Iron Man 3


Pro: Very active and a lot of fun
Con: Hmm? What?

The Bottom Line: I had too much fun listening to this soundtrack again to write a bottom line.

The first time I heard Brian Tyler was in Battle L.A. And I loved that soundtrack. I used it for writing work. A lot. So while watching Iron Man 3 on the big screen, I didn’t realize right away who I was listening to. Just that while Tony Stark tried not to get killed while his fancy house blew up, I ought to take a gander at the soundtrack. I’m not even sure if it connected in my brain then that I was looking at the same composer. But once it did, I was pretty excited.

I love discovering new artists. Even if they’ve been creating for years, they’re new to me. But hey, that just gives me a backlog of goodies to check out. Tyler has been around for quite some time, working with Bill Paxton twice among other things, and slowly but surely working his way into the ring of top dogs to land some sweet gigs – including a nice little chunk of the Marvel world. You’ll see him again in Age of Ultron. I’m looking forward to that.

I’ll go ahead and do a track-by-track description with this one, though it does hit 20 tracks. It’s a whopping 75 minutes, and the best part is that you won’t find a track under 2 minutes. I call that a success.

1. Iron Man 3 (2:24) – If you want to know what the main theme of the movie is, Tyler doesn’t play around. Here it is, fully comprised and ready to rock your socks off. The use of brass to trumpet the theme is excellent, as it stays low and powerful rather than hitting into Captain America triumphant territory. The addition of the chorus makes it even better. Heck, it’s just all around good. Tony Stark would approve, I think.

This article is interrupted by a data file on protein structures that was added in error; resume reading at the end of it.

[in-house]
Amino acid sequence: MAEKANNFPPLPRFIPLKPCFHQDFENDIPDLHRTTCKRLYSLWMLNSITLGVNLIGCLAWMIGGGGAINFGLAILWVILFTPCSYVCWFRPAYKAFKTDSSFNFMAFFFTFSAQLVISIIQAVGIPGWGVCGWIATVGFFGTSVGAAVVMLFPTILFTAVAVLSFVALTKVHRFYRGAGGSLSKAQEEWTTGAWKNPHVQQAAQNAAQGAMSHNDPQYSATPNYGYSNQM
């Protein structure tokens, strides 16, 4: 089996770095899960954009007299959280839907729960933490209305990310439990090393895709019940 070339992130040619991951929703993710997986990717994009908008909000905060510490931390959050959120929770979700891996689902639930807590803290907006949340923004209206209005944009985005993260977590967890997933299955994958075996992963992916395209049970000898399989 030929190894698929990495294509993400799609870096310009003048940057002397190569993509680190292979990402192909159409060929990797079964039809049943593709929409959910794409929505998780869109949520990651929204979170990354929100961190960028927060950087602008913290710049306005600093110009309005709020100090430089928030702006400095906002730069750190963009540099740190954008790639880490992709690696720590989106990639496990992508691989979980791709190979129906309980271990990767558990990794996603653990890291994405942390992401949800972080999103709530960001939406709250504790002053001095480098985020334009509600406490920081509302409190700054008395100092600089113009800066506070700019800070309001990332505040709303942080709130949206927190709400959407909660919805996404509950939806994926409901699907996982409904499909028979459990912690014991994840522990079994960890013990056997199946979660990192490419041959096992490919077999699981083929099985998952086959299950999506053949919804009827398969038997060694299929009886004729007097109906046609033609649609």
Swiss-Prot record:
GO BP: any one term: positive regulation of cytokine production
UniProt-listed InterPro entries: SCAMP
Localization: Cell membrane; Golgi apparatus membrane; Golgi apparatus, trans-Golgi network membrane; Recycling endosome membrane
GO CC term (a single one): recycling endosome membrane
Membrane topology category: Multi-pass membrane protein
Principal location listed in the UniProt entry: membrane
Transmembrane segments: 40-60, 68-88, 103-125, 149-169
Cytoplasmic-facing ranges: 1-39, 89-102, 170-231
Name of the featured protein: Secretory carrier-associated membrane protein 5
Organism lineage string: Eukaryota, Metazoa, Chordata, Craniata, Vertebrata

2. War Machine (7:19) – A really nice little segment. It takes it’s time, with almost kind of a spy feel going on for much of it, all while playing with the main Iron Man theme. A lot of various percussion and other little things happening for a great combination of sounds that will keep your ears interested.

3. Attack on 10880 Malibu Point (4:36) – This is what made me stand up and take notice. It’s very dramatic, very exciting, and uses a little bit of everything from the orchestra, and all of it goes 110%. You get the attempted escape, the main Iron Man theme in tense fashion, and eventually a winding end. It’s really fun to listen to.

4. Isolation (2:01) – Quiet, after so much excitement. It’s softer and very fitting of the title, complete with low harp and gentle chorus – in the Iron Man theme. Tyler likes to use piano, too. I love his instrument choices.

5. Dive Bombers (2:24) – I like the kind of warped back and forth sound we’ve got going on here. Creepy lurking chorus expands into a lot of hammering drums and that sense of a ticking clock that grows ever more urgent as the tracks rolls on. And guess what theme we end on? Yeah, baby!

6. New Beginnings (3:55) – This is definitely the magical, sparkling end that includes fireworks for Pepper. I like it for its dramatic flair, all while being triumphant without the corniness.

7. Extremis (5:07) – Slower and starting a little sad, it’s not long before the strings start doing their wind-up into something more interesting – and in some ways almost mystical sounding. The sprinkling of background piano gives it just the right touch.

8. Stark (4:32) – A slower, “been knocked down but I’m still standing” version of the Iron Man theme – that is, before the drums start pounding and shit gets real.

9. Leverage (2:16) – Primarily strings take us through this one, and while they start off in the darkness, the drums and horns aren’t exactly content with being left behind. They burst through at the end and tug some chorus along with them.

10. The Mandarin (2:37) – Slow, dark, and doesn’t play well with others.

11. Heat and Iron (5:43) – Some hopeful chorus starts things out before drifting off. Then things get spiced up with more percussion striking back and forth as things start to take off.